A Caucasian mom with a child in the Fairfax Country, Virginia school system has spent half a year trying to get a violent, disturbing book pulled from the school’s reading curriculum – but it may actually be all the minorities that are bothering her, not necessarily the violence.
When parents get upset over the books that their elementary school kids are reading in class, we can understand them being upset if some of the literature had some questionable content. After all, every parent raises their child differently and sometimes they don’t want the school to be the one responsible to exposing them to violence and sex.
We get that.
What we don’t get is when the hypothetical elementary school children are actually teenagers in high school who are taking an AP class which is supposed to prepare them for college level courses.
What we also don’t get, is when the questionable content is only questionable when it’s a minority author telling the true stories of historic events that just happened to be pretty violent.
Racialicious.com shed some light on the situation as they revealed Laura Murphy had dedicated six longs months to trying to get Toni Morrison’s Beloved yanked out of her 18-year-old’s classroom because it gave him nightmares.
Apparently, this isn’t even the first time she’s found an issue with a book such as Beloved. This incident only came after she also fought to get Joy Kogawa’s Obasan pulled from the schools curriculum as well.
In case you haven’t heard of either of these works, realize that Beloved tells the tragic story of “a mother who would rather kill her children than be forced to have them grow up as slaves.”
Morrison does indeed go into explicit details about the violence and even adults find the book difficult to read so perhaps we would have been able to be on her side if she hadn’t also become so irate over Obasan – which tells of the “Canadian government’s internment of Japanese-Canadians during World War II.”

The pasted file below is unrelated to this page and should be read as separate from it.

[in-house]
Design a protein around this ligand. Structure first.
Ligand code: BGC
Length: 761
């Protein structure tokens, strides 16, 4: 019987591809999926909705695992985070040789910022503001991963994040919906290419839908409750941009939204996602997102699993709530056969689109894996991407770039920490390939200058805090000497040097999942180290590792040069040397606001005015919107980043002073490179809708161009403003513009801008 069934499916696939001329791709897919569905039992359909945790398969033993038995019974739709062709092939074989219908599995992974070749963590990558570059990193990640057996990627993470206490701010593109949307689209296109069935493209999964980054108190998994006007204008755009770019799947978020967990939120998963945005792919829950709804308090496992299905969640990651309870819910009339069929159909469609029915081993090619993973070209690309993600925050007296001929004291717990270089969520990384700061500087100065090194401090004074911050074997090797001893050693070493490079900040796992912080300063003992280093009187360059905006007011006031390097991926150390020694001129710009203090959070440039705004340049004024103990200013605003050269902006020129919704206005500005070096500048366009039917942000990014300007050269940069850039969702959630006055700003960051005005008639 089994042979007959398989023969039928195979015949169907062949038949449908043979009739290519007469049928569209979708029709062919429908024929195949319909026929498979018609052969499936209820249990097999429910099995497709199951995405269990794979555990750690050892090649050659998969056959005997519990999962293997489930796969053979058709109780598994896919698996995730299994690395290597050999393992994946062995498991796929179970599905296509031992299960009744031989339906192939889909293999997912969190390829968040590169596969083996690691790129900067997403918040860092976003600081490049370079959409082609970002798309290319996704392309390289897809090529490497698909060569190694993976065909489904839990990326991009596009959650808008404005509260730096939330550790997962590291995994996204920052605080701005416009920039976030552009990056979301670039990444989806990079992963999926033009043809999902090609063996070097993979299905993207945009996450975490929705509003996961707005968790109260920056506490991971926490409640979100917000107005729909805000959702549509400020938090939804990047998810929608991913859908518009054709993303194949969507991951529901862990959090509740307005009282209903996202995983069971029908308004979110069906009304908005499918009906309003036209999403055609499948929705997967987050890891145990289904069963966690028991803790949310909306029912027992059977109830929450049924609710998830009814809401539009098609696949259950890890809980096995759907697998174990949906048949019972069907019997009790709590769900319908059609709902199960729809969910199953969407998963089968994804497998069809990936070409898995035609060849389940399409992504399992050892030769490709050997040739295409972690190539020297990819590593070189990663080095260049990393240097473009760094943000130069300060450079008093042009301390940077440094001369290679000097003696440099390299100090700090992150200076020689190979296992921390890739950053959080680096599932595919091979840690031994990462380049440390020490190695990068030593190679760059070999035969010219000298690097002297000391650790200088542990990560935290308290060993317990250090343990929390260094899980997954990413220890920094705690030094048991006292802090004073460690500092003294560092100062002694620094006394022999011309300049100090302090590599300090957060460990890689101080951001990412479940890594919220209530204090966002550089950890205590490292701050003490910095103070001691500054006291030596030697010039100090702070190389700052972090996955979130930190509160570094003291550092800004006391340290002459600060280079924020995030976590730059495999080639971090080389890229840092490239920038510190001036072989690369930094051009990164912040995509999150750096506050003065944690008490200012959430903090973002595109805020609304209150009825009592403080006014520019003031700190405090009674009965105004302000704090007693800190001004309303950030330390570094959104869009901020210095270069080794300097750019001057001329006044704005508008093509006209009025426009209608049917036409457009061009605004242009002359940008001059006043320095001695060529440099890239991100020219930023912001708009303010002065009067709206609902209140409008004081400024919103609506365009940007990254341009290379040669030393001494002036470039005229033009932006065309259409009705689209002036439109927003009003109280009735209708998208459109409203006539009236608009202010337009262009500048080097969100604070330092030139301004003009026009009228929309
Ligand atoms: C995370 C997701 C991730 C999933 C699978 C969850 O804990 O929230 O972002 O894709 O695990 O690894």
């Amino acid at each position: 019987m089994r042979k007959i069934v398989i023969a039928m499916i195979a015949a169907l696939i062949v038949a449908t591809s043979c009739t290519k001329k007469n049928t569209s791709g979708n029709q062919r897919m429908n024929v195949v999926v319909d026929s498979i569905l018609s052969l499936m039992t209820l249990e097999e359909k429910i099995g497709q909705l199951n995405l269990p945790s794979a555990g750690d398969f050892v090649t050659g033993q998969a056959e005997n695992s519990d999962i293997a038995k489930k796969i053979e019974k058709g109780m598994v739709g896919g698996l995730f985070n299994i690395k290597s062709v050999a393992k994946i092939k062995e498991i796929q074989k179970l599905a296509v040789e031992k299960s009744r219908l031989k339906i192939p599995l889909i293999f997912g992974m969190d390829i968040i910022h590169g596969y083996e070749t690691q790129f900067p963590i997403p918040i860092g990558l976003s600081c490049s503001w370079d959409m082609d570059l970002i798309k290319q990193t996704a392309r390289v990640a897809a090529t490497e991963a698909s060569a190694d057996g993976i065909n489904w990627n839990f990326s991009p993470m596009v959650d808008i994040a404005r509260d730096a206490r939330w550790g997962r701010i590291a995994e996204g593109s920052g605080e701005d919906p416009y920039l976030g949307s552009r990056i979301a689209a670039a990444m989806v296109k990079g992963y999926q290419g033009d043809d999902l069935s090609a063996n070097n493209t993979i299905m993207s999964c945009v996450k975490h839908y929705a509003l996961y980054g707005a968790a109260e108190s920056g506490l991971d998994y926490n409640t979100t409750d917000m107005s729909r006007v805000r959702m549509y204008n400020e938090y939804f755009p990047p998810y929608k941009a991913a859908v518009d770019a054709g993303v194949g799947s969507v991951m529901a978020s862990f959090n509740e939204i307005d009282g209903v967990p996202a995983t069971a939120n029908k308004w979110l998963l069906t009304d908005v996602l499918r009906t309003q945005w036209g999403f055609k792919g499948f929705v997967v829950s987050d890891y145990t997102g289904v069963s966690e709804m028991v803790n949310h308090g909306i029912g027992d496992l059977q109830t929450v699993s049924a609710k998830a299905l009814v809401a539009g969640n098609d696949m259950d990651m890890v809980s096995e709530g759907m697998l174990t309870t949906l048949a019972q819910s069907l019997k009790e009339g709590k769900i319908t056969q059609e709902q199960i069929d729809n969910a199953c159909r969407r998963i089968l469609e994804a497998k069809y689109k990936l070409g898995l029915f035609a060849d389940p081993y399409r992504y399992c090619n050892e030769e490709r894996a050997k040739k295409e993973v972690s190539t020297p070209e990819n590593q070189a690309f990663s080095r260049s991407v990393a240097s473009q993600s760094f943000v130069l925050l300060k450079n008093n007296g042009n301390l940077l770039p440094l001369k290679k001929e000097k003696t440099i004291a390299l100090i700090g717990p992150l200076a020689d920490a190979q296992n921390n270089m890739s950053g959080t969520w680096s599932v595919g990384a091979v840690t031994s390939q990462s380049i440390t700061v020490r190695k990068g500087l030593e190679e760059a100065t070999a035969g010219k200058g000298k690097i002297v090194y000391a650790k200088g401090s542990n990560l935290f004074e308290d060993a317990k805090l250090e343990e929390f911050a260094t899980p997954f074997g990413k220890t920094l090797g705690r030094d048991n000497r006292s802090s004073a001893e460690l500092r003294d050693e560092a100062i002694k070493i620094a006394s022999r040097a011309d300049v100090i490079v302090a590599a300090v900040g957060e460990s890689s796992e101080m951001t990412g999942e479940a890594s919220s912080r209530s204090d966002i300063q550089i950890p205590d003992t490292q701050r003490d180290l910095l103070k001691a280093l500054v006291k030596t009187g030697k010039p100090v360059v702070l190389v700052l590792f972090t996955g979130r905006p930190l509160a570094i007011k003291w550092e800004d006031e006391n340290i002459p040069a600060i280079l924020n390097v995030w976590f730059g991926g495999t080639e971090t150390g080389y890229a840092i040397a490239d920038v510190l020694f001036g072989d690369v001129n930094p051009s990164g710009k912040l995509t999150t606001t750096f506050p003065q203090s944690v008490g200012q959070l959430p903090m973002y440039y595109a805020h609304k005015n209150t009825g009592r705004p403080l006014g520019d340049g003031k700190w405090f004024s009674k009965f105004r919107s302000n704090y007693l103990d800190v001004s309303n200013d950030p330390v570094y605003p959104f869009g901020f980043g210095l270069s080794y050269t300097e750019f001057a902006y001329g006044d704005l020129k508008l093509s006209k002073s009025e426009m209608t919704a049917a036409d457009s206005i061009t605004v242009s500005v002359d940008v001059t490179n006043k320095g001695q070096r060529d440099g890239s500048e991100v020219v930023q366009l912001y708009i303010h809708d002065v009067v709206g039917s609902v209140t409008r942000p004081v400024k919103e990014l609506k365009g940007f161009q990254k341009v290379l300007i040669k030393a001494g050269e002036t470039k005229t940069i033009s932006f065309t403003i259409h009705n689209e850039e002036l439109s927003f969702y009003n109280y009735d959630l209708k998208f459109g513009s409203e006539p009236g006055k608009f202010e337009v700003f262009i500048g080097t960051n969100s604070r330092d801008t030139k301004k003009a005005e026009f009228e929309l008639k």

While the events that Obasan recalls are horrifying, the literature itself isn’t unusually tragic compared to a lot of the other literature that still finds its way into the classroom.
As Racialicious mentioned, Hamlet and Lord of the Flies weren’t exactly happy-go-lucky books either, but there is much less fuss about those violent stories than there are the novels with minority authors – and those novels don’t even educate children about true events.
Shielding children from senseless violence is one thing, but at what point do we look at parents like this and say, “Hey, this really happened. Life wasn’t always the way it is now and children need to learn about what really happened.”
Let’s face it, some kids make it all the way to college before they are taught that Christopher Columbus was actually an incompetent, serial rapist and not some heroic pioneer who single handedly founded America.
Murphy swore that she had no problem with her child learning the truth about historical events including slavery and even the Holocaust, but that these two works simply crossed the line.
The sad truth is, these two books were shockingly accurate depictions of a troubling history.
Is there really a way to truly educate someone about slavery and not include the violence that African Americans were forced to endure? And the Holocaust? Is there a happy way to write a novel about ethnic cleansing?
When it comes down to it, it seems like even violence has a color for some people. White violence is perfectly okay, but how dare we show children the way minorities suffered throughout the years. Makes perfect sense right?
It’s about time parents realized that you can’t keep your child shielded from the truth forever because it will only give them a distorted view of the world they live in.
With these novels and many others falling under scrutiny in the school systems, we need to stop trying to sugar coat the truth and hiding from our history.